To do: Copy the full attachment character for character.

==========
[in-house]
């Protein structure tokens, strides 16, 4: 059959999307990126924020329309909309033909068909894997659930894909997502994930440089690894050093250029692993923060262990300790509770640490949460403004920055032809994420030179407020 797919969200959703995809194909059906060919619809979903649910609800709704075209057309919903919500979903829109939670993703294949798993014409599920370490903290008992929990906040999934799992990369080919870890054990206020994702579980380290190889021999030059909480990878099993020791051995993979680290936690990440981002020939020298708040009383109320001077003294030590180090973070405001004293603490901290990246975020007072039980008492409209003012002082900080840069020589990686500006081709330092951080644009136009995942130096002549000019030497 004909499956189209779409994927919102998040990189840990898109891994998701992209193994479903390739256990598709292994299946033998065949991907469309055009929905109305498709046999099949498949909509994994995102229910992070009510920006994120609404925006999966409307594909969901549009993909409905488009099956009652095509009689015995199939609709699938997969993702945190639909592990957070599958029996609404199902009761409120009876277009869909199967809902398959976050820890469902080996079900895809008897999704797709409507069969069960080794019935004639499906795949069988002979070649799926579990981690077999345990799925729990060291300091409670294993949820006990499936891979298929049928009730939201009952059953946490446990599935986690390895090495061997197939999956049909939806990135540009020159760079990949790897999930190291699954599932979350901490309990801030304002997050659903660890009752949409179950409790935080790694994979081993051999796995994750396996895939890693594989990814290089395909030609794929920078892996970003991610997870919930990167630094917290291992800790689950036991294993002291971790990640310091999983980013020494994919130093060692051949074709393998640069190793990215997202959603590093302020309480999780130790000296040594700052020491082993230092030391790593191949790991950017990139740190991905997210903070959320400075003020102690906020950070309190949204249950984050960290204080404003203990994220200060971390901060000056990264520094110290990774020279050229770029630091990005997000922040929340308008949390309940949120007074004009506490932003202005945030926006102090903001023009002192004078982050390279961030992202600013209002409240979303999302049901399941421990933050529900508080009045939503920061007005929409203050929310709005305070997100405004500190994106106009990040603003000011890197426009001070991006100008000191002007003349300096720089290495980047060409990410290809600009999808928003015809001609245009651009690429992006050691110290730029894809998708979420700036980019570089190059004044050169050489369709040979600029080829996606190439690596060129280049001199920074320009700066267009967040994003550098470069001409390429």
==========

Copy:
[in-house]
């Protein structure tokens, strides 16, 4: 059959999307990126924020329309909309033909068909894997659930894909997502994930440089690894050093250029692993923060262990300790509770640490949460403004920055032809994420030179407020 797919969200959703995809194909059906060919619809979903649910609800709704075209057309919903919500979903829109939670993703294949798993014409599920370490903290008992929990906040999934799992990369080919870890054990206020994702579980380290190889021999030059909480990878099993020791051995993979680290936690990440981002020939020298708040009383109320001077003294030590180090973070405001004293603490901290990246975020007072039980008492409209003012002082900080840069020589990686500006081709330092951080644009136009995942130096002549000019030497 004909499956189209779409994927919102998040990189840990898109891994998701992209193994479903390739256990598709292994299946033998065949991907469309055009929905109305498709046999099949498949909509994994995102229910992070009510920006994120609404925006999966409307594909969901549009993909409905488009099956009652095509009689015995199939609709699938997969993702945190639909592990957070599958029996609404199902009761409120009876277009869909199967809902398959976050820890469902080996079900895809008897999704797709409507069969069960080794019935004639499906795949069988002979070649799926579990981690077999345990799925729990060291300091409670294993949820006990499936891979298929049928009730939201009952059953946490446990599935986690390895090495061997197939999956049909939806990135540009020159760079990949790897999930190291699954599932979350901490309990801030304002997050659903660890009752949409179950409790935080790694994979081993051999796995994750396996895939890693594989990814290089395909030609794929920078892996970003991610997870919930990167630094917290291992800790689950036991294993002291971790990640310091999983980013020494994919130093060692051949074709393998640069190793990215997202959603590093302020309480999780130790000296040594700052020491082993230092030391790593191949790991950017990139740190991905997210903070959320400075003020102690906020950070309190949204249950984050960290204080404003203990994220200060971390901060000056990264520094110290990774020279050229770029630091990005997000922040929340308008949390309940949120007074004009506490932003202005945030926006102090903001023009002192004078982050390279961030992202600013209002409240979303999302049901399941421990933050529900508080009045939503920061007005929409203050929310709005305070997100405004500190994106106009990040603003000011890197426009001070991006100008000191002007003349300096720089290495980047060409990410290809600009999808928003015809001609245009651009690429992006050691110290730029894809998708979420700036980019570089190059004044050169050489369709040979600029080829996606190439690596060129280049001199920074320009700066267009967040994003550098470069001409390429």